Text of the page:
Power Dynamics: Why Partner Rape and Abuse (Almost) Never Gets Recorded

Power Dynamics: Why Partner Rape and Abuse (Almost) Never Gets Recorded

This article contains visual footage of (domestic) violence and attempted sexual assault, which may be triggering to see for survivors. 

Can you tell by someone’s face they are suffering domestic violence? Most likely you can’t, unless a victim has bruises on their face.

We need to talk about power dynamics within relationships.

It's the next step in the #MeToo movement I've been waiting for. The moment when #MeToo starts to tackle domestic abuse and spousal rape and addresses the complex issue of power dynamics within romantic relationships. 

It's really not that hard to understand power dynamics and how adults can control each other. It happens already among children, in the playground.

A child bully can force a child victim to give them their lunch money without saying anything. Does the victim want to give the bully their money? No, but they still do it, due to fear. It's a great example of power dynamics within relationships. This, happens among adults to.

So why is it so hard to understand and fight domestic abuse, specifically, partner rape and abuse? Why are so many victims not believed, not taken serious, called liars and left in the cold?

The answer again, is power dynamics.

Grown-up victims are adults. As a society, we expect them to be stronger than children and to protect themselves. We expect them to provide evidence also, so we can believe them.

However, due to power dynamics, the evidence we're all waiting for often never shows up. Or, the evidence they do provide, is not enough to us.

So why does the evidence never show up, or when it does, it isn’t strong enough for society?

Again, this is due to power dynamics.

To understand why many victims of domestic abuse and partner rape almost never manage to capture their abuse, you need to understand the loyalty a victim often feels to their partner, regardless of their partner being an abuser or not.

Being (sexually) abused by your own partner is humiliating. It's heartbreaking. Sometimes, alcohol or drug abuse, or stress, is what in the mind of the victim leads to the abuse. Meaning, the victim blames other things than their partner alone, for the abuse. The victim tries to find a scapegoat because it’s easier to come to terms with.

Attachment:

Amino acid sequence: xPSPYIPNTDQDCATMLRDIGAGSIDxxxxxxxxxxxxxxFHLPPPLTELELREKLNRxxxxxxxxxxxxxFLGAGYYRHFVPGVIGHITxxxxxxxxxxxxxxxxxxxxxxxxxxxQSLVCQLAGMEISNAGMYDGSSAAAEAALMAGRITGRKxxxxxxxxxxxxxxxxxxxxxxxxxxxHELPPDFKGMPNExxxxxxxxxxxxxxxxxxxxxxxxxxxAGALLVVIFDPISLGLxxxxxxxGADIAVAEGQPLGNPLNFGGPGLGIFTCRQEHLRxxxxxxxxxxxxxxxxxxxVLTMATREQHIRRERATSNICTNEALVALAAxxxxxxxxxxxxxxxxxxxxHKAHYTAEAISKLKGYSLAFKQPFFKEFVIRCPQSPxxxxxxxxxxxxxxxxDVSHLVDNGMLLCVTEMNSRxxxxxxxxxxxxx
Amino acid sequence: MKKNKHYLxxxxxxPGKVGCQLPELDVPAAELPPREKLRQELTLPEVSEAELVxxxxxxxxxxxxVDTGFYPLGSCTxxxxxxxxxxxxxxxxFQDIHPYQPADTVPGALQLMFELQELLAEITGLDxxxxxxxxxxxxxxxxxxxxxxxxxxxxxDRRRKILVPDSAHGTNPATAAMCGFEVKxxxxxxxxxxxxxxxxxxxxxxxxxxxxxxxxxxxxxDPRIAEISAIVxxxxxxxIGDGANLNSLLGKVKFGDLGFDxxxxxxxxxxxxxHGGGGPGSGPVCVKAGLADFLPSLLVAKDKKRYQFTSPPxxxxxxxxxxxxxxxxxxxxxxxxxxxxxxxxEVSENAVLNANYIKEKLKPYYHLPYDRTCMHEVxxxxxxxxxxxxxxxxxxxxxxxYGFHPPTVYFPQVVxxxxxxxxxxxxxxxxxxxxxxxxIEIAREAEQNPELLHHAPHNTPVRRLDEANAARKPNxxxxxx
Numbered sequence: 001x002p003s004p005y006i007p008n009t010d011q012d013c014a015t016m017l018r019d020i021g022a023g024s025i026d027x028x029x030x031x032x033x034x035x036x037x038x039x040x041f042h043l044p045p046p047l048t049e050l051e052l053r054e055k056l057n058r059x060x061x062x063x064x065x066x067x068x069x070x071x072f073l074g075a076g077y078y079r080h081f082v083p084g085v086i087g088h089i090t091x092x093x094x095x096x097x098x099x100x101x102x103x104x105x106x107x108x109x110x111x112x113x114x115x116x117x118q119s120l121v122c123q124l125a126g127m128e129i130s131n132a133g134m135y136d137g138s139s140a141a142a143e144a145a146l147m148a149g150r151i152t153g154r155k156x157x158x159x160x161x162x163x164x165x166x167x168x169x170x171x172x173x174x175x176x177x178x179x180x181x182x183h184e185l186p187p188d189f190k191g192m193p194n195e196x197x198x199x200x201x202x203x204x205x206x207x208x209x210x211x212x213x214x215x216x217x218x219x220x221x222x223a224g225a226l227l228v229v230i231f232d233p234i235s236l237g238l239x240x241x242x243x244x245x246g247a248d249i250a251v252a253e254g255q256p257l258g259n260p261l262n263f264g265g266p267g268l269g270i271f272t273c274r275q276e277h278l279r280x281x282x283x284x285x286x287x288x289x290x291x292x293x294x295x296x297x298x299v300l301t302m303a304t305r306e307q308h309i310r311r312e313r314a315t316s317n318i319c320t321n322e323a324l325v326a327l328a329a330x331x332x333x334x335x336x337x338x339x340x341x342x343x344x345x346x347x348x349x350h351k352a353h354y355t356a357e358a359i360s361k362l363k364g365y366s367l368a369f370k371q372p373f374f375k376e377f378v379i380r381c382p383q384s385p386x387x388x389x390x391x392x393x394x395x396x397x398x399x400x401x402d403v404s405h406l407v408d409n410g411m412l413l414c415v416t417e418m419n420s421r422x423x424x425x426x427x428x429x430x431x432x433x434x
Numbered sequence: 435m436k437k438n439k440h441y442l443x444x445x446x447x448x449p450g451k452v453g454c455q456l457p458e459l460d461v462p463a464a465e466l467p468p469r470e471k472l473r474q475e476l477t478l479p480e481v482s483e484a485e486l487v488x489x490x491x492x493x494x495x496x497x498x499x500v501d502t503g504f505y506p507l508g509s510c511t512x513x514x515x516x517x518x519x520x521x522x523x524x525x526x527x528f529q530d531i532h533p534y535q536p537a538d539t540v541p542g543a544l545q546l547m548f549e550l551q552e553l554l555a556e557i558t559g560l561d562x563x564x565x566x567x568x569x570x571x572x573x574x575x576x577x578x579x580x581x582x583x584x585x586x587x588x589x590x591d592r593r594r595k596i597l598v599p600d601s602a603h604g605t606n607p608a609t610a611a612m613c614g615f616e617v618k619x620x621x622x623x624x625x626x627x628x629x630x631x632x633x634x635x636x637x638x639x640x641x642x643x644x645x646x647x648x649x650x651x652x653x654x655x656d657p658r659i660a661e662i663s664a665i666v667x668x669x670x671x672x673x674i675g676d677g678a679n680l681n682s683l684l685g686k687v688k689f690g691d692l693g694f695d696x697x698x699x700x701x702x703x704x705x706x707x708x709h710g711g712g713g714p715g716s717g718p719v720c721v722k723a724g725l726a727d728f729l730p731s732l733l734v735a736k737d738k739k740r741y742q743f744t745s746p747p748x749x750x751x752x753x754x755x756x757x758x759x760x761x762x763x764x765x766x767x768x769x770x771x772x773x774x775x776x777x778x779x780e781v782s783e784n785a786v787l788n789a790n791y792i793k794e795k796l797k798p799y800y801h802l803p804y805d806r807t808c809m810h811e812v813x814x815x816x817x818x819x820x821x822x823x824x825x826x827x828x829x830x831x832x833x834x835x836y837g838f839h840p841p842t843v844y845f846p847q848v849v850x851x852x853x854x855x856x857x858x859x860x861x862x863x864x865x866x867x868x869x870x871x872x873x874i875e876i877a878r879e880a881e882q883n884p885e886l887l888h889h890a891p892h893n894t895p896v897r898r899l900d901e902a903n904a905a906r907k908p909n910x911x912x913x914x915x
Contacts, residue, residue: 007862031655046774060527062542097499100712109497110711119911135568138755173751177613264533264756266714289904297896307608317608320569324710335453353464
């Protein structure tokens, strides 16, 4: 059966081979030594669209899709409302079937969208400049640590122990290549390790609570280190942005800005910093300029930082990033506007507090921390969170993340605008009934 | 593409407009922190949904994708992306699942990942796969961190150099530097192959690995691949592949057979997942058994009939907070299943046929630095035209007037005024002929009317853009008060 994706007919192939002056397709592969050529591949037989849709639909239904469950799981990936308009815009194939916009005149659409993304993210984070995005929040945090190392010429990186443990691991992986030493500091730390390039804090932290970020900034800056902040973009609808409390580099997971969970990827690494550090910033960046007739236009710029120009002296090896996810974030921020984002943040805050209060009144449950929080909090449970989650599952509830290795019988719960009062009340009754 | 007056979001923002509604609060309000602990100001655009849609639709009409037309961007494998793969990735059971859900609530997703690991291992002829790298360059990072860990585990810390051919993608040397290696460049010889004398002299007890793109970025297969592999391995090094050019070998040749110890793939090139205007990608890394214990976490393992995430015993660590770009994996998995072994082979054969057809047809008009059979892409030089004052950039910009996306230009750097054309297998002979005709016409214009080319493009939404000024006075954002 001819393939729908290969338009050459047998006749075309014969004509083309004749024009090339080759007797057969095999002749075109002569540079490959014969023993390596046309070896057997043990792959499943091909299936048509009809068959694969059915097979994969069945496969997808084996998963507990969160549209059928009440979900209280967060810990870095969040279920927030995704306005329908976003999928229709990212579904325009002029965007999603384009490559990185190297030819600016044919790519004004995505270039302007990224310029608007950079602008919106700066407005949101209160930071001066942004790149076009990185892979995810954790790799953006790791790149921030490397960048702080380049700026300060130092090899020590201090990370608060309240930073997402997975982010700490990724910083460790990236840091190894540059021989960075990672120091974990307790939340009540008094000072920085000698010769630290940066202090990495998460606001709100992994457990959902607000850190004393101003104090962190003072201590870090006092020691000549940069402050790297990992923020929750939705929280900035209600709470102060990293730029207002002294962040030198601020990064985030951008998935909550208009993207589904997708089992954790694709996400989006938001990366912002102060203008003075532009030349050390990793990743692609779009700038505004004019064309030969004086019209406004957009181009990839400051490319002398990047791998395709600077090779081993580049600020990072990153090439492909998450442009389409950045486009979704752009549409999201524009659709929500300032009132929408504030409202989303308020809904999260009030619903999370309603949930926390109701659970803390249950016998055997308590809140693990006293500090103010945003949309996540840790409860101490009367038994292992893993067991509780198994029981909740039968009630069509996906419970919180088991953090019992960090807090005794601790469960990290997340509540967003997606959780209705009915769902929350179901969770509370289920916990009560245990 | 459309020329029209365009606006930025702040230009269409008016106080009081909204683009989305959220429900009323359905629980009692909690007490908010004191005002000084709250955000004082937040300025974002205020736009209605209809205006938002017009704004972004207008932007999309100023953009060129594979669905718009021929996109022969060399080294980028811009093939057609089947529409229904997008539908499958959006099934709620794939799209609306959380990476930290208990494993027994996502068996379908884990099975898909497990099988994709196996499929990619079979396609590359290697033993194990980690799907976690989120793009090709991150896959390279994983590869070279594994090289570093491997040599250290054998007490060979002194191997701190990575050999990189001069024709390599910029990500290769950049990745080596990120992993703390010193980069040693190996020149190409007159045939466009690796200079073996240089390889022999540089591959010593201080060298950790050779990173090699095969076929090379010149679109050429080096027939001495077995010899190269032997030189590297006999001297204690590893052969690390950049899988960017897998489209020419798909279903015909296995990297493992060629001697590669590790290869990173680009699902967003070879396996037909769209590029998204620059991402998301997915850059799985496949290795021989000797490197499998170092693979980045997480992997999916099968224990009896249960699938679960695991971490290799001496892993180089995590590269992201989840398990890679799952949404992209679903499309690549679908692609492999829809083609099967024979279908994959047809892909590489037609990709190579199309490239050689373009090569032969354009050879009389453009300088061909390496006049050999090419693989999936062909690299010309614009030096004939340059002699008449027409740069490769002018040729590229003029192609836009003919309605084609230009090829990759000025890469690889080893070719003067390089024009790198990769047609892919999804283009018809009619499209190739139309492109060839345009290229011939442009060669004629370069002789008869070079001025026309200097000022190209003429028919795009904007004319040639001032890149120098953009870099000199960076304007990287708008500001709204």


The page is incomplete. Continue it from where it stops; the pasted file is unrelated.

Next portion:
As long as a victim blames secondary causes for the abuse, they are blind to the real problem: their partner. Victims most likely have hope that the abuse will stop, once these secondary problems get fixed. In other words, many victims try to focus on fixing those problems first, before they see the situation as it is: that their partner is solemnly responsible for their abusive behaviour, and not them.

As long as a victim still has hope the situation might get better, they will most likely not record abusive behaviour in any way.

Why not? Because recording your partner's behaviour a victim will see as an act of betrayal; a violation of their partner's privacy.

When victims start recording destructive behaviour, it means they are collecting evidence. If the partner will find out, it means the partner will know the victim is close to giving up hope on them, and that there's not much faith or trust left in the relationship.

Once you start recording your partner's abusive behaviour, you know that if your partner finds out you're doing this, they will know you don’t trust them anymore. It puts you in danger.

A total of 113 women were killed by men in England, Wales and Northern Ireland in 2016 — and 90 per cent of these victims were murdered by someone they knew, according to the latest Femicide Census report.
— Most women murdered by men are killed by current or former partner, figures show. Independent.
USA: Researchers at the Centers for Disease Control studied over 10,000 female deaths in 18 states from 2003 to 2014 and found that 55 percent of them were related to disputes between intimate partners.
— Over half of female murder victims are killed by ex-lovers. New York Post.

It’s not unlikely women get murder by (ex-)partners, as mentioned in articles by the Independent and New York Post.  

Women are more likely to be murdered by (ex-)partners, however, men also can become victims of ‘intimate partner homicide’.

(Australia) Of the 280 male and female homicide victims who were killed in a domestic violence context between 1 July 2000 – 30 June 2012, 165 (59%) were killed by their current or former intimate partner.
— NSW Domestic Violence Death Review team Australia